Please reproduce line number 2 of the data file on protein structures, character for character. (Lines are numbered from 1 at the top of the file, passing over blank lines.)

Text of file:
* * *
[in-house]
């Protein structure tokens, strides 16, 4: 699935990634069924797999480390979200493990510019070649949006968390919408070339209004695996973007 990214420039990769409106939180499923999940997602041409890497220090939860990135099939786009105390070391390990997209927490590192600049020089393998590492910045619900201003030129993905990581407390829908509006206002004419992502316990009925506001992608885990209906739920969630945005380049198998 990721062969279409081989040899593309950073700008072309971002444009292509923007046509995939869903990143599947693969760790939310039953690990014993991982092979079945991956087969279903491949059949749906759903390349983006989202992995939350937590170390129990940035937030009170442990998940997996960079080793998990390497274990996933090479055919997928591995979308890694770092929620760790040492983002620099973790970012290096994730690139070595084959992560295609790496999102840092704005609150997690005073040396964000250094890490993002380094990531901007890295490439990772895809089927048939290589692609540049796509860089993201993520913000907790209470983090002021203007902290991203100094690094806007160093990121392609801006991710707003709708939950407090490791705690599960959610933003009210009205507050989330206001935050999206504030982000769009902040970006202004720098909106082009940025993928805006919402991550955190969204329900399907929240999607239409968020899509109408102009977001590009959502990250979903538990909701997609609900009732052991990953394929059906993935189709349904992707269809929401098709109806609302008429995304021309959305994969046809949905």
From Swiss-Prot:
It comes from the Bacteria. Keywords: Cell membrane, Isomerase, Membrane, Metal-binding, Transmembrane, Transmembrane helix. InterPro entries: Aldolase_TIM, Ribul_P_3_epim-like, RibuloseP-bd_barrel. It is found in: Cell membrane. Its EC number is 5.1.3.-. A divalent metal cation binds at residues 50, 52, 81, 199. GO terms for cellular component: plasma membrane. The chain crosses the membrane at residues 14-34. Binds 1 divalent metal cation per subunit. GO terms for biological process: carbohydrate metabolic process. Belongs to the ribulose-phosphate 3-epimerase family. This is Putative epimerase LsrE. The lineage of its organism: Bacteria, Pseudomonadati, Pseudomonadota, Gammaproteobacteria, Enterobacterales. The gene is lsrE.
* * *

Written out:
């Protein structure tokens, strides 16, 4: 699935990634069924797999480390979200493990510019070649949006968390919408070339209004695996973007 990214420039990769409106939180499923999940997602041409890497220090939860990135099939786009105390070391390990997209927490590192600049020089393998590492910045619900201003030129993905990581407390829908509006206002004419992502316990009925506001992608885990209906739920969630945005380049198998 990721062969279409081989040899593309950073700008072309971002444009292509923007046509995939869903990143599947693969760790939310039953690990014993991982092979079945991956087969279903491949059949749906759903390349983006989202992995939350937590170390129990940035937030009170442990998940997996960079080793998990390497274990996933090479055919997928591995979308890694770092929620760790040492983002620099973790970012290096994730690139070595084959992560295609790496999102840092704005609150997690005073040396964000250094890490993002380094990531901007890295490439990772895809089927048939290589692609540049796509860089993201993520913000907790209470983090002021203007902290991203100094690094806007160093990121392609801006991710707003709708939950407090490791705690599960959610933003009210009205507050989330206001935050999206504030982000769009902040970006202004720098909106082009940025993928805006919402991550955190969204329900399907929240999607239409968020899509109408102009977001590009959502990250979903538990909701997609609900009732052991990953394929059906993935189709349904992707269809929401098709109806609302008429995304021309959305994969046809949905």